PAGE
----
Special Report

100 Best Movies of All Time

Source: Courtesy of Metro-Goldwyn-Mayer

40. Singin’ in the Rain (1952)
> Genre: Comedy, Musical, Romance
> Directed by: Stanley Donen, Gene Kelly
> Starring: Gene Kelly, Donald O’Connor, Debbie Reynolds

With a 100% Freshness rating and a 95% audience score on Rotten Tomatoes, this “clever, incisive, and funny” movie, as the critics consensus on the site calls it, “is a masterpiece of the classical Hollywood musical.” It has been called the best movie musical of all time.

Source: Courtesy of Walt Disney Studios Motion Pictures

39. Toy Story 3 (2010)
> Genre: Animation, Adventure, Comedy
> Directed by: Lee Unkrich
> Starring: Tom Hanks, Tim Allen, Joan Cusack

The critically praised third entry in the hugely popular Toy Story franchise proved that computer animated movies could be great. Audiences flocked to the film, driving its worldwide box office gross to over $1 billion.

Source: Courtesy of Twentieth Century Fox

38. Star Wars: Episode V – The Empire Strikes Back (1980)
> Genre: Action, Adventure, Fantasy
> Directed by: Irvin Kershner
> Starring: Mark Hamill, Harrison Ford, Carrie Fisher

“The Empire Strikes Back” – the second movie in the original Star Wars trilogy – is the best film in the blockbuster series. In 2010, after permanently altering the world’s cultural landscape, the movie was added to the United States’ National Film Registry by the Library of Congress.

Source: Courtesy of Eagle-Lion Films

37. The Red Shoes (1948)
> Genre: Drama, Music, Romance
> Directed by: Michael Powell, Emeric Pressburger
> Starring: Anton Walbrook, Marius Goring, Moira Shearer

“The Red Shoes,” a ballet-themed drama co-directed by Michael Powell and Emeric Pressburger, is considered to be one of the best-looking films of all time. The film is also a favorite of filmmakers such as Martin Scorsese.

Source: Courtesy of United Artists

36. The General (1926)
> Genre: Action, Adventure, Comedy
> Directed by: Clyde Bruckman, Buster Keaton
> Starring: Buster Keaton, Marion Mack, Glen Cavender

Released near the end of the silent film era, the poor reviews Buster Keaton’s “The General” originally received highlighted the fact that audiences were ready for the next stage of cinema. Decades later, the film would grow to be hailed as one of the greatest movies ever, thanks to its inventive sight gags and impeccably performed stunt work.

Source: Courtesy of Eagle-Lion Films

35. Kind Hearts and Coronets (1949)
> Genre: Comedy, Crime
> Directed by: Robert Hamer
> Starring: Dennis Price, Alec Guinness, Valerie Hobson

Alec Guinness plays eight roles in this black comedy about a disinherited nobleman who kills all those ahead of him in the line of succession. It has a 100% Freshness rating from critics on Rotten Tomatoes, as Time Out called it “at once a witty comedy of manners, a grotesque serial-killer caper and an acerbic satire on the class system.”

Source: Courtesy of United Artists

34. The Great Dictator (1940)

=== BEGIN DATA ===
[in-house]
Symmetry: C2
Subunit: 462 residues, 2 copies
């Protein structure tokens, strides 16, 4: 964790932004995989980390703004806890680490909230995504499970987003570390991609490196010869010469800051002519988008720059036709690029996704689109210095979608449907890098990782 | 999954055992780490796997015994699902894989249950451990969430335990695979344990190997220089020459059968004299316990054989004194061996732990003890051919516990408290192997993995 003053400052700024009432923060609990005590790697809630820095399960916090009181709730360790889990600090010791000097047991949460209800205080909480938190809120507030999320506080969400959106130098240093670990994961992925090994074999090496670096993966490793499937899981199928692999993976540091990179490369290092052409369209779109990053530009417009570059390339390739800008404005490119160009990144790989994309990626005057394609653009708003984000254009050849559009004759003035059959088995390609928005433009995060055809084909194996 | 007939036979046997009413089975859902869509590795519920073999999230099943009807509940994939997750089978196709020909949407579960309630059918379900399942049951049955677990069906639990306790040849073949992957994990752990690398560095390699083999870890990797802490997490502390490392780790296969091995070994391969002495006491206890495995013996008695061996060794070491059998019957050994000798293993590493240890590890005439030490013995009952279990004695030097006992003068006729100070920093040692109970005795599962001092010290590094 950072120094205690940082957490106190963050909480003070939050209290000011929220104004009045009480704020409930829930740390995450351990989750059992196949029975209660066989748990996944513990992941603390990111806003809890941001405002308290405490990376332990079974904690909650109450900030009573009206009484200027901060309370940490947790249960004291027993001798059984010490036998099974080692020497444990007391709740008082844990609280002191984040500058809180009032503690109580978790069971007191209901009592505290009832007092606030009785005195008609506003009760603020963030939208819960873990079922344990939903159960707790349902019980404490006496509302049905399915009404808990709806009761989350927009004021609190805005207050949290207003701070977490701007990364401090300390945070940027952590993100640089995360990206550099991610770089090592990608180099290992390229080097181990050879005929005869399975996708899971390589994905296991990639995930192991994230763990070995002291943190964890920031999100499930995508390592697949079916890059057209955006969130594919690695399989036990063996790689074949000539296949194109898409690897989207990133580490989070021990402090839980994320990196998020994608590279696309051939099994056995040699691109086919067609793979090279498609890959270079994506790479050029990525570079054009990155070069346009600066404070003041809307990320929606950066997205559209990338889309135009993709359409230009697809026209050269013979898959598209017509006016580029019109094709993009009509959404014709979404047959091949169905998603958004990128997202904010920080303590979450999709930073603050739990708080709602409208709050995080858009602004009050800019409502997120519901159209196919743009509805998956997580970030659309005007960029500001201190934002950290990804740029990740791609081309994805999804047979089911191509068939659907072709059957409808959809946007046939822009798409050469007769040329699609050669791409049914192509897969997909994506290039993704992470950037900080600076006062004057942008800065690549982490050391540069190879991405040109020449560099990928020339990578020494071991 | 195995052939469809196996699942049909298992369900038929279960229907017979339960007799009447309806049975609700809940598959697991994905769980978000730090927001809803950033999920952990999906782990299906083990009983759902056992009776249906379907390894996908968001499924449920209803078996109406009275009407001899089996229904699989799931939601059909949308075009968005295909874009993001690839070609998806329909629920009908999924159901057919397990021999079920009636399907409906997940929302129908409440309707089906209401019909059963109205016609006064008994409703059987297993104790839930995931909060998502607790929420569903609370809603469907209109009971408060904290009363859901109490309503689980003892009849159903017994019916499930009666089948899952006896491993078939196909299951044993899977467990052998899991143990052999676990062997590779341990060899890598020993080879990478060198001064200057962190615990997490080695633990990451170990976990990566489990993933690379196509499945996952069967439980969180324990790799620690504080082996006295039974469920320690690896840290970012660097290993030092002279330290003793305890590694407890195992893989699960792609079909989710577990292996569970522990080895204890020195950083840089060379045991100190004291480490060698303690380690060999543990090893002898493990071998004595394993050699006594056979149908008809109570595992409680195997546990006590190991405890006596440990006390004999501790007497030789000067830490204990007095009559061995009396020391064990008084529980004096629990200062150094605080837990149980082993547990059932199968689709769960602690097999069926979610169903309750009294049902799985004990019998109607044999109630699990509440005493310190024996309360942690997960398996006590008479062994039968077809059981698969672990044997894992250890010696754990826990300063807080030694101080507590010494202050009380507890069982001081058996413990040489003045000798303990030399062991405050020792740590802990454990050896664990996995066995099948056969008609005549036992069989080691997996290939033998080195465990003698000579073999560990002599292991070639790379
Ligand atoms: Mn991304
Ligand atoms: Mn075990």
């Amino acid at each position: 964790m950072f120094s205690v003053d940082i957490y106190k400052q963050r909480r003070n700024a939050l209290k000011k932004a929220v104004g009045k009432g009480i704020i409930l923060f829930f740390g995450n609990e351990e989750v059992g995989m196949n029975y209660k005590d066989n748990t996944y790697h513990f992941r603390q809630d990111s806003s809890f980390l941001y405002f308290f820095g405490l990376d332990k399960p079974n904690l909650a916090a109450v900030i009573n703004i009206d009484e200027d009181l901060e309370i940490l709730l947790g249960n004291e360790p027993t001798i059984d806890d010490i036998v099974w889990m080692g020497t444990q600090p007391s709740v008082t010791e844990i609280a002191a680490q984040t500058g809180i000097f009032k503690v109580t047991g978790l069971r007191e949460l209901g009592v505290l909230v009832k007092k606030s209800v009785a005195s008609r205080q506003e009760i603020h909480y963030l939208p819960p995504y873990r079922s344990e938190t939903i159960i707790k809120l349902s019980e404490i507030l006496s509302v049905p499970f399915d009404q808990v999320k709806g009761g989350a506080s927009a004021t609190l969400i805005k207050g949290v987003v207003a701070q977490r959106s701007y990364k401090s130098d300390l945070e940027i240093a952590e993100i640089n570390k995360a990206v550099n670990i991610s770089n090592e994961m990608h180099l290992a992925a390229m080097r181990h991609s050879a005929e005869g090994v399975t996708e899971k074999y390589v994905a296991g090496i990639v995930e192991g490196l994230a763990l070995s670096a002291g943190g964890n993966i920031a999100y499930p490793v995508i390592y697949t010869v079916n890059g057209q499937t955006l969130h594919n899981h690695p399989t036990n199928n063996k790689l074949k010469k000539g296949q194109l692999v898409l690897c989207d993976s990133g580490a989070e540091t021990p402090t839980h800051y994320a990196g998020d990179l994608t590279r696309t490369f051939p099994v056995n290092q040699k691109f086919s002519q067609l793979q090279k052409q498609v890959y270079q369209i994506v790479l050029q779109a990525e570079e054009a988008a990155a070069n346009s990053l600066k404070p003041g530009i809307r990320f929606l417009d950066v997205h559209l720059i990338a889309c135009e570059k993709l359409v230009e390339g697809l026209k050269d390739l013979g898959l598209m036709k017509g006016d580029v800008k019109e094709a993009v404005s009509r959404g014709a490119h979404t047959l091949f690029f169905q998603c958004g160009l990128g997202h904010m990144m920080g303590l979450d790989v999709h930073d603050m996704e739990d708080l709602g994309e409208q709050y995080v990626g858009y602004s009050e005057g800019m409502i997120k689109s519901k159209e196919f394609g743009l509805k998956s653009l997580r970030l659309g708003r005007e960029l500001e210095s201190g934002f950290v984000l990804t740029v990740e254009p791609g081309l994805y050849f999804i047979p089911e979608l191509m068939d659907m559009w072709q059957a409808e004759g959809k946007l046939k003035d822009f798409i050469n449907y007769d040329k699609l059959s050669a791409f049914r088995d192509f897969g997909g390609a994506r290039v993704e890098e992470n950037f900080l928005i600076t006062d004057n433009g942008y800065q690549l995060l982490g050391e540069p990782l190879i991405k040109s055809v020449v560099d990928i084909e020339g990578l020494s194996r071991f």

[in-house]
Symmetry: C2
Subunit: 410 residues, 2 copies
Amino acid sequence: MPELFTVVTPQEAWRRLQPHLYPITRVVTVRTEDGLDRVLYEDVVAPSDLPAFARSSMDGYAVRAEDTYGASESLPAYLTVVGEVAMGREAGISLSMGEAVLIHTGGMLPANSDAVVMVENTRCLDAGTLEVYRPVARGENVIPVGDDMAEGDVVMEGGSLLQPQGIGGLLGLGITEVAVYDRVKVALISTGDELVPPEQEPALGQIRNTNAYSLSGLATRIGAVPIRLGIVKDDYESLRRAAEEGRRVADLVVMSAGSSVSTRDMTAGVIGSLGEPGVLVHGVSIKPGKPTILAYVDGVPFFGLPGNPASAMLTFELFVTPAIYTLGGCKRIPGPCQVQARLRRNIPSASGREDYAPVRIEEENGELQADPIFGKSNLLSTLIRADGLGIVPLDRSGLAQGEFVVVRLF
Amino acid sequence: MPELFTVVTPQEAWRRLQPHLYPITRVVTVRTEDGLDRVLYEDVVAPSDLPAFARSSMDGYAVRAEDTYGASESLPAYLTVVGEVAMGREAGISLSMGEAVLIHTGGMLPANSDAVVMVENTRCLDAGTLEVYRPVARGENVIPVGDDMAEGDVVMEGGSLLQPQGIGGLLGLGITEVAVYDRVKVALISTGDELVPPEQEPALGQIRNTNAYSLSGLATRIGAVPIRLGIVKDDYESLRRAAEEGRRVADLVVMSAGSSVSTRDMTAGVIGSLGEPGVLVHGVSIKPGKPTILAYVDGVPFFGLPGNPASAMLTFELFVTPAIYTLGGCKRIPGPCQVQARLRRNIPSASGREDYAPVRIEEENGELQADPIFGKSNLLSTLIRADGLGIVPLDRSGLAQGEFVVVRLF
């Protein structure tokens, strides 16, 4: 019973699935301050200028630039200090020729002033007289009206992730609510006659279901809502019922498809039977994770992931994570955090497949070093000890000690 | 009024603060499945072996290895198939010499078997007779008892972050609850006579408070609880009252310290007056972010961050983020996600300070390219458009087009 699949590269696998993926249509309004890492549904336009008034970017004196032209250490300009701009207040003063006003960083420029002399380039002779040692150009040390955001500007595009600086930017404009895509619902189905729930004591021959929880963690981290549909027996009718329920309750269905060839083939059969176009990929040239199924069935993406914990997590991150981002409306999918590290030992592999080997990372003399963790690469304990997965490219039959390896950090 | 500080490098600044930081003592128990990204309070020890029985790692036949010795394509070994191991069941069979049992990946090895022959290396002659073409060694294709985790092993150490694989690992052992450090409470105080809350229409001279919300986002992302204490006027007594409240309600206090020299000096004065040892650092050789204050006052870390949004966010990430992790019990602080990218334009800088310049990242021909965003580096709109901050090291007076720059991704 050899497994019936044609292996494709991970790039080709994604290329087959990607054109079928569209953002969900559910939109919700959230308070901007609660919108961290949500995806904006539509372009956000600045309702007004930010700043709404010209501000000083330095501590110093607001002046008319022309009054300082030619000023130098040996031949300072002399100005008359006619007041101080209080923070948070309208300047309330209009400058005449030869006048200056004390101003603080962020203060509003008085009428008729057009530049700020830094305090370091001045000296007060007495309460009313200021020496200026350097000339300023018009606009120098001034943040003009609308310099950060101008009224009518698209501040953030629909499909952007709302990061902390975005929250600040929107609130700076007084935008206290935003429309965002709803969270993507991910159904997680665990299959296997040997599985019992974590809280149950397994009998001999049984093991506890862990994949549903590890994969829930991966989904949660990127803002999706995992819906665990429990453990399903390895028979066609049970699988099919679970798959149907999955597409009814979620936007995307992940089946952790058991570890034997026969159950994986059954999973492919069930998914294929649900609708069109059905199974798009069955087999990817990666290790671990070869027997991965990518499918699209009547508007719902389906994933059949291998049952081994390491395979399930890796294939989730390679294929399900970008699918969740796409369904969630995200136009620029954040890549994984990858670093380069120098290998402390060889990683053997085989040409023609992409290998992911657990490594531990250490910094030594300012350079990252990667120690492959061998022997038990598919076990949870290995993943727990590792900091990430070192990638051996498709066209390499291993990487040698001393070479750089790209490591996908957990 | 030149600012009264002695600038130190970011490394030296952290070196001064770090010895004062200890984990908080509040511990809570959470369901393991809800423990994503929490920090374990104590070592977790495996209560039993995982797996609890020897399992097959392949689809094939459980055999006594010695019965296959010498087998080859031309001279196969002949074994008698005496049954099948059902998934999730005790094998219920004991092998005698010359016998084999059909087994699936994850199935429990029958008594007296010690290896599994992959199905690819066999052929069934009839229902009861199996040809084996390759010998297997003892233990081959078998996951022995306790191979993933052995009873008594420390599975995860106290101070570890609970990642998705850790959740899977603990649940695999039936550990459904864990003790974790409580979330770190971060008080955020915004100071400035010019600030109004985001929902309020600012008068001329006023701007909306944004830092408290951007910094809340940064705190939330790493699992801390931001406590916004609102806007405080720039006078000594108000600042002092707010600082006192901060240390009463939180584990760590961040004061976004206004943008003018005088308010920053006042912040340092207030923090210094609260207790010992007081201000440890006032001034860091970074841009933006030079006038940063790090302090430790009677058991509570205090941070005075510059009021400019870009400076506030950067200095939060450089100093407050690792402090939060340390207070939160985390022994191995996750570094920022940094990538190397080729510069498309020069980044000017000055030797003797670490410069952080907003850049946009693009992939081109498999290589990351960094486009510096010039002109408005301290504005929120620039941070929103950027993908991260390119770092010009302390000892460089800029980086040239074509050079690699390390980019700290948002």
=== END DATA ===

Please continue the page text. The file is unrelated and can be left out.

> Genre: Comedy, Drama, War
> Directed by: Charles Chaplin
> Starring: Charles Chaplin, Paulette Goddard, Jack Oakie

Charlie Chaplin’s first sound film, “The Great Dictator,” signaled that the actor and director could make the transition to talking films from silent movies. Chaplin, who had worked with dialogue during his music-hall days in England, was a filmmaker with something to say. Originally Chaplin was resistant to working with sound, but he found the idea of satirizing Adolf Hitler too irresistible.

Source: Courtesy of Metro-Goldwyn-Mayer

33. North by Northwest (1959)
> Genre: Adventure, Mystery, Thriller
> Directed by: Alfred Hitchcock
> Starring: Cary Grant, Eva Marie Saint, James Mason

“North by Northwest” contains some of the most memorable scenes in cinema — a biplane chasing Cary Grant through a cornfield and the climactic scene on Mount Rushmore when mysterious agents working against the United States are thwarted. “North by Northwest” never loses its grip on the audience, 94% of whom on liked the Hitchcock classic on Rotten Tomatoes.

Source: Courtesy of Paramount Pictures

32. Double Indemnity (1944)
> Genre: Crime, Drama, Film-Noir
> Directed by: Billy Wilder
> Starring: Fred MacMurray, Barbara Stanwyck, Edward G. Robinson

Billy Wilder’s film-noir is about an insurance man (Fred MacMurray) who is lured into a plot to murder a client by his scheming wife (Barbara Stanwyck) to collect the insurance money. “Double Indemnity” was written by Wilder and Raymond Chandler and adapted from a novel by James M. Cain. The movie received a 96% Freshness rating from Rotten Tomatoes, and 95% of audiences like the film.

Source: Courtesy of Columbia Pictures Corporation

31. Taxi Driver (1976)
> Genre: Crime, Drama
> Directed by: Martin Scorsese
> Starring: Robert De Niro, Jodie Foster, Cybill Shepherd

Martin Scorsese’s disturbing classic of urban alienation introduced audiences to one of cinema’s most memorable anti-heros, Travis Bickle. Although the movie didn’t win any of the four Academy Awards it was nominated for in 1977, it did earn the coveted Palme d’Or at the prestigious Cannes Film Festival.